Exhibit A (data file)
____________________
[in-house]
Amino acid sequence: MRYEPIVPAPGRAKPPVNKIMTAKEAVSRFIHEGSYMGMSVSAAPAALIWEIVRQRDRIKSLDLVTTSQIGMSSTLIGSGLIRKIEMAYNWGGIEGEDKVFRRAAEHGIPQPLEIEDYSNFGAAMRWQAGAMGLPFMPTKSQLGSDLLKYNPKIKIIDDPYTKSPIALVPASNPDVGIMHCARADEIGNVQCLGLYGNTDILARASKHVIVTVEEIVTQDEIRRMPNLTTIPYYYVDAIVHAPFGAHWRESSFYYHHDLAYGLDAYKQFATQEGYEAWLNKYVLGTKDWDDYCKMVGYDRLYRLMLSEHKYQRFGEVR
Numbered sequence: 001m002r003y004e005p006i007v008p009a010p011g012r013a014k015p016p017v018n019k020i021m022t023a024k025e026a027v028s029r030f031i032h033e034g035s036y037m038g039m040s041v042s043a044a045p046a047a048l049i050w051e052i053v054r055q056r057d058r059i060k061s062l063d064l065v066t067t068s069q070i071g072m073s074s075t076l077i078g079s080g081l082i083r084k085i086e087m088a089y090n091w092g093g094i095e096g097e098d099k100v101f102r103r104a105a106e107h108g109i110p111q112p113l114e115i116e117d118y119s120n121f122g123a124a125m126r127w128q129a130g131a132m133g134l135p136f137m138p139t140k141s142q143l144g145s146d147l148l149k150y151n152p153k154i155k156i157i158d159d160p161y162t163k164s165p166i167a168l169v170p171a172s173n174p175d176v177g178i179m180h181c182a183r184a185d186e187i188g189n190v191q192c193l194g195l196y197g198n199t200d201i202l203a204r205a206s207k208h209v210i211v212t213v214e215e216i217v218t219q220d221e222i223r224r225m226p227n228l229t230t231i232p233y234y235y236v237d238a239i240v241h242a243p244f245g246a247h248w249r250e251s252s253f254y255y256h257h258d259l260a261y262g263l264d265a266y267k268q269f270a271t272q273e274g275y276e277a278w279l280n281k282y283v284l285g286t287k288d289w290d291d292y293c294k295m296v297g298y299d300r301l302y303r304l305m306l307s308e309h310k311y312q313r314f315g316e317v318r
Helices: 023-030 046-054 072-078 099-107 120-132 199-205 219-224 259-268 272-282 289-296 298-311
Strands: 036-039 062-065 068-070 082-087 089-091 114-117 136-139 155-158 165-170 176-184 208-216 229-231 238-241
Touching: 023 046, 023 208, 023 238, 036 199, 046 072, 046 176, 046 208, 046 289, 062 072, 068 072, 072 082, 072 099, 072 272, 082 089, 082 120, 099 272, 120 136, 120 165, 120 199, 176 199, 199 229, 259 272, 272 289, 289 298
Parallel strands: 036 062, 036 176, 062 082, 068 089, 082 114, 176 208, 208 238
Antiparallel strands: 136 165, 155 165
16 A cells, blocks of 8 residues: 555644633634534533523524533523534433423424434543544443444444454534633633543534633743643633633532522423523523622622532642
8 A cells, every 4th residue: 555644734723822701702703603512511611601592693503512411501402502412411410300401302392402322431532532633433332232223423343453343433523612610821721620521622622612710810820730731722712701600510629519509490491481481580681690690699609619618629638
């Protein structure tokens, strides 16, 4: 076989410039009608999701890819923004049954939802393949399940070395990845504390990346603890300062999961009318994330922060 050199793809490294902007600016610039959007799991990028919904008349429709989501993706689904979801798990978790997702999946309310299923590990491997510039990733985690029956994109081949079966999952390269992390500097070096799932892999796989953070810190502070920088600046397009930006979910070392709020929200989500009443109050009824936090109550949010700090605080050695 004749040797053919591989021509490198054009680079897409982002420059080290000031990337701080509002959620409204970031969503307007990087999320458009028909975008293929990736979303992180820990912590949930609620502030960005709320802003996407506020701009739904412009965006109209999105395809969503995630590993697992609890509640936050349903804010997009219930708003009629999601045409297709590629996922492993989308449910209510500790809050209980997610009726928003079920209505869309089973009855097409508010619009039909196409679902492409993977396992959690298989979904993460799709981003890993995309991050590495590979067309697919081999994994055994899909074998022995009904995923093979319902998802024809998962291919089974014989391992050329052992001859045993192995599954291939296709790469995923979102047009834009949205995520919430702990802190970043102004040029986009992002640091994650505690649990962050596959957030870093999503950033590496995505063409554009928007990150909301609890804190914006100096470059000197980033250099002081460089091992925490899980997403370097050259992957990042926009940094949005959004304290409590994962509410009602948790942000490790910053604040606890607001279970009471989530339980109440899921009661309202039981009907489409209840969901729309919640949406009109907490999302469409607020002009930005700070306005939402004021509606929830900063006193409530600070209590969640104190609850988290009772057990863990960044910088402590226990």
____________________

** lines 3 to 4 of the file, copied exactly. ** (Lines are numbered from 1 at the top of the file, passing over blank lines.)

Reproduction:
Numbered sequence: 001m002r003y004e005p006i007v008p009a010p011g012r013a014k015p016p017v018n019k020i021m022t023a024k025e026a027v028s029r030f031i032h033e034g035s036y037m038g039m040s041v042s043a044a045p046a047a048l049i050w051e052i053v054r055q056r057d058r059i060k061s062l063d064l065v066t067t068s069q070i071g072m073s074s075t076l077i078g079s080g081l082i083r084k085i086e087m088a089y090n091w092g093g094i095e096g097e098d099k100v101f102r103r104a105a106e107h108g109i110p111q112p113l114e115i116e117d118y119s120n121f122g123a124a125m126r127w128q129a130g131a132m133g134l135p136f137m138p139t140k141s142q143l144g145s146d147l148l149k150y151n152p153k154i155k156i157i158d159d160p161y162t163k164s165p166i167a168l169v170p171a172s173n174p175d176v177g178i179m180h181c182a183r184a185d186e187i188g189n190v191q192c193l194g195l196y197g198n199t200d201i202l203a204r205a206s207k208h209v210i211v212t213v214e215e216i217v218t219q220d221e222i223r224r225m226p227n228l229t230t231i232p233y234y235y236v237d238a239i240v241h242a243p244f245g246a247h248w249r250e251s252s253f254y255y256h257h258d259l260a261y262g263l264d265a266y267k268q269f270a271t272q273e274g275y276e277a278w279l280n281k282y283v284l285g286t287k288d289w290d291d292y293c294k295m296v297g298y299d300r301l302y303r304l305m306l307s308e309h310k311y312q313r314f315g316e317v318r
Helices: 023-030 046-054 072-078 099-107 120-132 199-205 219-224 259-268 272-282 289-296 298-311